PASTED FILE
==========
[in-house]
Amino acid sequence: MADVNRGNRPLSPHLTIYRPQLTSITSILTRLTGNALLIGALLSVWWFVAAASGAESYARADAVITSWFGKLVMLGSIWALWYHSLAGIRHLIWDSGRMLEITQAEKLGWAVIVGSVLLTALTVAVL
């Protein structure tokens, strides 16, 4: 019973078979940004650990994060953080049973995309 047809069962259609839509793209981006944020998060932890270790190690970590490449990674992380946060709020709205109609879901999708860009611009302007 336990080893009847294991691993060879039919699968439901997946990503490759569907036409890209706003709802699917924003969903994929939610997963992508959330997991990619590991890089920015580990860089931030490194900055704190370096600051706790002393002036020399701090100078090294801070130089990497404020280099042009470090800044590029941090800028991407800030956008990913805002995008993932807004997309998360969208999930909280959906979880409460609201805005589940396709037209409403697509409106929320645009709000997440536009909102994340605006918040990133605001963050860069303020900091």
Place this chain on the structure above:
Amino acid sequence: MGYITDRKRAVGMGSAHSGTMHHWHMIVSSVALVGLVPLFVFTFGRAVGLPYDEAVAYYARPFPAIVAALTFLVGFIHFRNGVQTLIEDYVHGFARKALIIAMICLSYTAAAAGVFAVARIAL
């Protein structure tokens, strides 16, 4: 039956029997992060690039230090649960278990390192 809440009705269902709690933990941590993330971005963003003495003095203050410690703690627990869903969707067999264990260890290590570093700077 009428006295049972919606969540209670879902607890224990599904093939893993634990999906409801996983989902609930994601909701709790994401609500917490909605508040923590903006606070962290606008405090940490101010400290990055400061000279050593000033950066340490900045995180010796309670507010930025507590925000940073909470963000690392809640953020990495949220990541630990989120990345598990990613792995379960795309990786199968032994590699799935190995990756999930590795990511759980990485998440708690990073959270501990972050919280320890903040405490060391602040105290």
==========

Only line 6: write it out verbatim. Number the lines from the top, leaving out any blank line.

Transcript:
């Protein structure tokens, strides 16, 4: 039956029997992060690039230090649960278990390192 809440009705269902709690933990941590993330971005963003003495003095203050410690703690627990869903969707067999264990260890290590570093700077 009428006295049972919606969540209670879902607890224990599904093939893993634990999906409801996983989902609930994601909701709790994401609500917490909605508040923590903006606070962290606008405090940490101010400290990055400061000279050593000033950066340490900045995180010796309670507010930025507590925000940073909470963000690392809640953020990495949220990541630990989120990345598990990613792995379960795309990786199968032994590699799935190995990756999930590795990511759980990485998440708690990073959270501990972050919280320890903040405490060391602040105290």